• To ban landfilling of liquid wastes, certain clinical waste and certain hazardous wastes. Increase the level of control, monitoring and reporting at landfill sites.

The regulations aim to reduce the volume of waste and increase recycling rates. Composting and careful segregation of waste types for recycling will need to be encouraged to fulfill the targets.

Waste acceptable at landfills as inert waste includes

      · Waste glass based fibrous materials

      · Glass packaging

      · Concrete

      · Bricks

      · Tiles and ceramics

      · Glass

      · Soil and stones, excluding topsoil & peat

Some countries have already virtually eliminated landfill and others are well on their way with zero landfill targets within the next 25 years.

The Netherlands and Denmark dispose of almost no municipal waste to landfill, and Belgium, Sweden, Germany and Luxembourg all landfill less than a quarter of their municipal waste.

In Denmark, Sweden and Luxembourg incineration is the single main method of disposal and over half of Denmark’s municipal waste is treated in that way. The Netherlands and Austria recycle/compost around 60 per cent of their municipal waste and Belgium and Germany recycle/compost around half of theirs.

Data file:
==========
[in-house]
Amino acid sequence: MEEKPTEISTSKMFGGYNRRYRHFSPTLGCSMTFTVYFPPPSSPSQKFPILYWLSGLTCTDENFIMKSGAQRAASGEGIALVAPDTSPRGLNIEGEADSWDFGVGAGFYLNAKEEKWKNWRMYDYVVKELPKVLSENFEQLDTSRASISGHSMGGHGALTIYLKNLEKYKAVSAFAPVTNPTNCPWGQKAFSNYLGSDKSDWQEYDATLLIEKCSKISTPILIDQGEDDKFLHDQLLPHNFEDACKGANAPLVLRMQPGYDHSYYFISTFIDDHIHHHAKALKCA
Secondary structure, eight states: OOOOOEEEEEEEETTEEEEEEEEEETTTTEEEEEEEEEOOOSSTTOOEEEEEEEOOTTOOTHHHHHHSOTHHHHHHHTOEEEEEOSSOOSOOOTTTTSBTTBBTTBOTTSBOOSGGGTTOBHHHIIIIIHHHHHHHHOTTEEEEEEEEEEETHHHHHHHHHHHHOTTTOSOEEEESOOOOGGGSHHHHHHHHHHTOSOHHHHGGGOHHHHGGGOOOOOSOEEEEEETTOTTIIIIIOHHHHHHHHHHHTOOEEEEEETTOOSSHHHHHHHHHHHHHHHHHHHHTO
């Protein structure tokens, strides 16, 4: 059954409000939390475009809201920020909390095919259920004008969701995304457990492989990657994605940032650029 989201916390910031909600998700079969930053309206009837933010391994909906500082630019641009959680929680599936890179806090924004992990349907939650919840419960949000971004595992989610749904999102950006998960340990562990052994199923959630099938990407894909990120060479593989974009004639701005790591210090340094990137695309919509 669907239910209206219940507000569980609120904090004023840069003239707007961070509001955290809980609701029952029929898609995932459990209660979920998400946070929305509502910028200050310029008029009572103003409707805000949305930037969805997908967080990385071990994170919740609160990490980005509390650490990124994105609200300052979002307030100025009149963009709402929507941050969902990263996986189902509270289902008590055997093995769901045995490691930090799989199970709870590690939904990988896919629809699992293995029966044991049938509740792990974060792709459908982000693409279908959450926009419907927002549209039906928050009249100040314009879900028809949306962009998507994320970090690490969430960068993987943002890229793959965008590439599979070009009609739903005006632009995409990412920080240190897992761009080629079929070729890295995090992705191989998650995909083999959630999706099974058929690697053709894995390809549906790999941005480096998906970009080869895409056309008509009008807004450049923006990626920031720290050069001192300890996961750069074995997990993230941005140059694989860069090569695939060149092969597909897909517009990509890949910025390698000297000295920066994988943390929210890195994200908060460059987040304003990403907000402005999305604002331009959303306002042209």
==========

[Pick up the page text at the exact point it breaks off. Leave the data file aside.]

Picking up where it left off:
All these efforts are admirable, but this still leaves us with plenty of landfill sites (active and dormant) and as cited in the Telegraph, potential gold mines.

How can machine control help ?

Existing landfill sites may or may not have quality records that identify material content and location, it depends on their age, management methods, location etc. – remember many landfill sites were started many years ago when the policy of waste disposal was “anything goes”. Machine control may assist during the landfill mining by keeping records of extracted material versus location which can then be used as part of the documentation for the further processing and traceability of the materials extracted, but the application is fairly limited due to the lack of control employed through the life older landfill sites.